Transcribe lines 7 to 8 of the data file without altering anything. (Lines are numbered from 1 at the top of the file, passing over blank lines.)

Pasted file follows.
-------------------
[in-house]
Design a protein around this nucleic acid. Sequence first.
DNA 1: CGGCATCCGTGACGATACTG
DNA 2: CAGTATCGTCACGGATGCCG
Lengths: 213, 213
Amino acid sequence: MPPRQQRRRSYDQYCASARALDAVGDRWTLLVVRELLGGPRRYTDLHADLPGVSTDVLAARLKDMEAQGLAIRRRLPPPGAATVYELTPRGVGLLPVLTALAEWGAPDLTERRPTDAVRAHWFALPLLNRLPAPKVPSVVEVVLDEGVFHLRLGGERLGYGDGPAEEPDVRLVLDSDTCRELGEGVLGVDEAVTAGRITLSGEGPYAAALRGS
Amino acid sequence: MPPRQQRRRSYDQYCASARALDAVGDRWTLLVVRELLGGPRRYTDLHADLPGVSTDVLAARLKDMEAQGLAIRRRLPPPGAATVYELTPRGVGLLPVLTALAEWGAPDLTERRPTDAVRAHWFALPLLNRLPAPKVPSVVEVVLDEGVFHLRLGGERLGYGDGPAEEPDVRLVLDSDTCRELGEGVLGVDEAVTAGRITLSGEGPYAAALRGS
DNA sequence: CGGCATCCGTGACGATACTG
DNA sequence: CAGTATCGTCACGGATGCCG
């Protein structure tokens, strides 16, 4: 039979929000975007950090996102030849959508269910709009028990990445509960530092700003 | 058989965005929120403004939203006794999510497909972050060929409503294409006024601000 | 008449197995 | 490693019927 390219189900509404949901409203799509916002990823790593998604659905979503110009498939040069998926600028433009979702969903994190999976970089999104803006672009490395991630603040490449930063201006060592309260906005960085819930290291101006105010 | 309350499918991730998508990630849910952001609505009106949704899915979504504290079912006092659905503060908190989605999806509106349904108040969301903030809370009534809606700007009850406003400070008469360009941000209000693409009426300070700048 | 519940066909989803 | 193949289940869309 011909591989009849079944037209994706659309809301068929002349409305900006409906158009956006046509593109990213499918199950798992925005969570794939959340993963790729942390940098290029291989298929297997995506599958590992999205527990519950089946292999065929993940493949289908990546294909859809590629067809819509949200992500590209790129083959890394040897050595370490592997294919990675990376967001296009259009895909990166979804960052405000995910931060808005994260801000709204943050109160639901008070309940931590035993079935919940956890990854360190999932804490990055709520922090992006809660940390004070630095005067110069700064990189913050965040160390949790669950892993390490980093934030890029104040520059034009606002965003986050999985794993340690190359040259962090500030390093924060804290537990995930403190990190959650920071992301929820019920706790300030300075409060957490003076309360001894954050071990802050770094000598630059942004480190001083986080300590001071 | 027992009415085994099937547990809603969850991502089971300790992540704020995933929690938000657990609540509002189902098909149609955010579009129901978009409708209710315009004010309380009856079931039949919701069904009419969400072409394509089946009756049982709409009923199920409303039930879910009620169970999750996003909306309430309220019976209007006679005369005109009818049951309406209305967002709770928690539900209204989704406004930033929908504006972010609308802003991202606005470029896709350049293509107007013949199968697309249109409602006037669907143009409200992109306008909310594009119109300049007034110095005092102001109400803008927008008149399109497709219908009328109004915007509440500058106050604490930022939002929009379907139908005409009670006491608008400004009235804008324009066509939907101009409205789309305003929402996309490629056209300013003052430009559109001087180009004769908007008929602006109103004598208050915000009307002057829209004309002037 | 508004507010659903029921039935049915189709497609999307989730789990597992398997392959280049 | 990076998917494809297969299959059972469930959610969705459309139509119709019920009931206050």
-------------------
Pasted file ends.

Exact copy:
Amino acid sequence: MPPRQQRRRSYDQYCASARALDAVGDRWTLLVVRELLGGPRRYTDLHADLPGVSTDVLAARLKDMEAQGLAIRRRLPPPGAATVYELTPRGVGLLPVLTALAEWGAPDLTERRPTDAVRAHWFALPLLNRLPAPKVPSVVEVVLDEGVFHLRLGGERLGYGDGPAEEPDVRLVLDSDTCRELGEGVLGVDEAVTAGRITLSGEGPYAAALRGS
DNA sequence: CGGCATCCGTGACGATACTG